# Thread: How LOGEST interacts with LINEST in Excel?

1. Member
Join Date
Aug 2006
Posts
139

## How LOGEST interacts with LINEST in Excel?

Hello friends,
I have just started with the topic of the function that are statistical and used in Excel. I know the basic things of the functions that are used as statistics. But I am weak when there interaction comes. Now I am confused about an interaction that takes place between the Logest and Linest. So need your help for solving my doubt. Please tell me how LOGEST interacts with LINEST in Excel? Any other information related to the subject would also be helpful.!!

2. Member
Join Date
May 2008
Posts
353

## Re: How LOGEST interacts with LINEST in Excel?

To illustrate LOGEST with the third argument set to FALSE, follow these steps :
1. Create an Excel spreadsheet empty. Then you will have to make the appropriate table. Or you can also copy it from the Microsoft site.
2. After pasting the table into your new Excel worksheet, click Paste Options, then click Match formatting destination.
3. When the pasted range is selected, use one of the following procedures, depending on the version of Excel you are running :
• In Microsoft Excel 2007, click the Home tab, click Format in the Cells group, and then adjust the width of the column.
• In Excel 2003 and in earlier versions of Excel, point to Column on the Format menu, then click AutoFit.

3. Member
Join Date
May 2008
Posts
390

## Re: How LOGEST interacts with LINEST in Excel?

LOGEST data are in cells A4: B6. Detailed results for Excel 2002 and earlier versions of Excel and for Excel 2003 and later versions of Excel are presented in cells D4: E8 and G4: H8 cells, respectively. Cells A11: B13 show the same known_x, but have been turned on known_y 's in A4, A6 cells by pulling her by using natural logarithm function ln, Excel. LINEST is then drawn to these transformed data, and results are displayed in G11: H15 cells. Note that the results in cells G12: H15 are the same as the G5 LOGEST results: H8 cells. The coefficients LINEST in cells G11: H11 are converted to exponential. That is to say that the coefficients in LINEST cells are transformed using essentially the function EXP Excel to calculate the coefficients LOGEST in cells G4: H4.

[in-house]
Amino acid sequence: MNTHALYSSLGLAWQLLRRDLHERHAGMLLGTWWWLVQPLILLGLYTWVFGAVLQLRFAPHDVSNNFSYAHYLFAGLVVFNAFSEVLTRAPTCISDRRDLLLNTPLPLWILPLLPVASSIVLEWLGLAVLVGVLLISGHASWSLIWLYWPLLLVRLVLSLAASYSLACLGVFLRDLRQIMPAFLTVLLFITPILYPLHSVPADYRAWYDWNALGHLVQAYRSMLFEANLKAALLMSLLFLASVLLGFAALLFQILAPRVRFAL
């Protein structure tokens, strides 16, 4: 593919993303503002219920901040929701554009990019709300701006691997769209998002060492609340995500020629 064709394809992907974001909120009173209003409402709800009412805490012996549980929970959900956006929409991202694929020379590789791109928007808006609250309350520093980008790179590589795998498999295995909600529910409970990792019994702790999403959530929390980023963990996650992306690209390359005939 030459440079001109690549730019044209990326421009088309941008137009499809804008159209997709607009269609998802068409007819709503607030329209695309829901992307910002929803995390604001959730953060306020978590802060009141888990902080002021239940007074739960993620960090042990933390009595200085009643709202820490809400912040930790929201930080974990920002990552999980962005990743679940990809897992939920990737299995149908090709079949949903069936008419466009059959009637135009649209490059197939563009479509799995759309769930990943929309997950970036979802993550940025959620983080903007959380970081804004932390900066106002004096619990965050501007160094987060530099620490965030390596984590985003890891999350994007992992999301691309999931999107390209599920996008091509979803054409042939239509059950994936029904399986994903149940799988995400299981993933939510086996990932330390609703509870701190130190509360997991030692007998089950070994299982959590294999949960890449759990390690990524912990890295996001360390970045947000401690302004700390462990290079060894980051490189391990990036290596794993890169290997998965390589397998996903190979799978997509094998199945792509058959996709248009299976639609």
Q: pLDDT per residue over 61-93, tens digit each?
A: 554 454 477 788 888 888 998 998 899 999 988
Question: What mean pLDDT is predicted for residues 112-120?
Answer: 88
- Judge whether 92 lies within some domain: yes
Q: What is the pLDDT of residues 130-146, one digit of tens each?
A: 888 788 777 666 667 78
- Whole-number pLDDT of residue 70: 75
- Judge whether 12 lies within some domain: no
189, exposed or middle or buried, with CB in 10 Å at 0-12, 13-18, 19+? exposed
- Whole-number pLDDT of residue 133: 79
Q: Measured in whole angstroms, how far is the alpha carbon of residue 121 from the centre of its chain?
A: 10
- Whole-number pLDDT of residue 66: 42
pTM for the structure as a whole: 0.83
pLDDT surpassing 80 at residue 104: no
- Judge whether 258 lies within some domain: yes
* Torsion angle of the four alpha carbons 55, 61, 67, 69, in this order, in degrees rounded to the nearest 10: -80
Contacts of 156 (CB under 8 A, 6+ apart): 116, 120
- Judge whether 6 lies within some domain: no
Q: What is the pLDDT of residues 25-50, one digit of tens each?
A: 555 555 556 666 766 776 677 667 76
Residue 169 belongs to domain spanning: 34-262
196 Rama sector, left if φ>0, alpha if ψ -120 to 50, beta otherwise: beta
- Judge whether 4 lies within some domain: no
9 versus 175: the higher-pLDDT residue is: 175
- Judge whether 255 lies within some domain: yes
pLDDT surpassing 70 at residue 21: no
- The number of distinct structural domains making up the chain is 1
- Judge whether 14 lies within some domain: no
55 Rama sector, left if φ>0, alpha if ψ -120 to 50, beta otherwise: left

4. Member
Join Date
Aug 2006
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222

## Re: How LOGEST interacts with LINEST in Excel?

To summarize how LOGEST and LINEST interact, observe the following sequence of steps :
1. You call LOGEST (known_y's, known_x's, constant, TRUE).
2. LOGEST calls LINEST (LN of known_y's, known_x's, constant, TRUE).
3. LOGEST receives the results table for this call to LINEST.
4. LOGEST changes LINEST coefficients in the first row of the result table in LINEST exponential. For example, replace each LINEST coefficient, m, by EXP (m).
5. LOGEST returns this result table LINEST amended to you that the result table LOGEST.

5. Member
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Aug 2006
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## Re: How LOGEST interacts with LINEST in Excel?

In Excel 2002 and earlier versions of Excel, when LINEST is called with its third argument set to FALSE, it always calculates a regression sum of squares which is not correct because it uses a formula that is not correct. This problem was corrected in Excel 2003 and in later versions of Excel. Note that the values in the first two rows in the output table are not affected by this problem. In Excel 2002 and earlier versions of Excel, LINEST describes a workaround to generate the appropriate values in the last three rows in the output table LINEST.

6. Member
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Aug 2006
Posts
181

## Re: How LOGEST interacts with LINEST in Excel?

Problems have to be collinear in known_x LOGEST or LINEST in Microsoft Excel 2002 and in earlier versions of Excel. Predictor columns, the known_x are collinear if at least one column, c, can be expressed as a sum of many other users (c1, it and other values). Column C is called redundant because it contains information that can be built on columns (c1, it and other values). The fundamental principle in the presence of collinearity is that results should not be affected by whether a redundant column is included in the original data or removed from the original data. For the version LINEST in Microsoft Excel 2002 and in earlier versions of Excel do not search for collinearity, this principle was easily violated.

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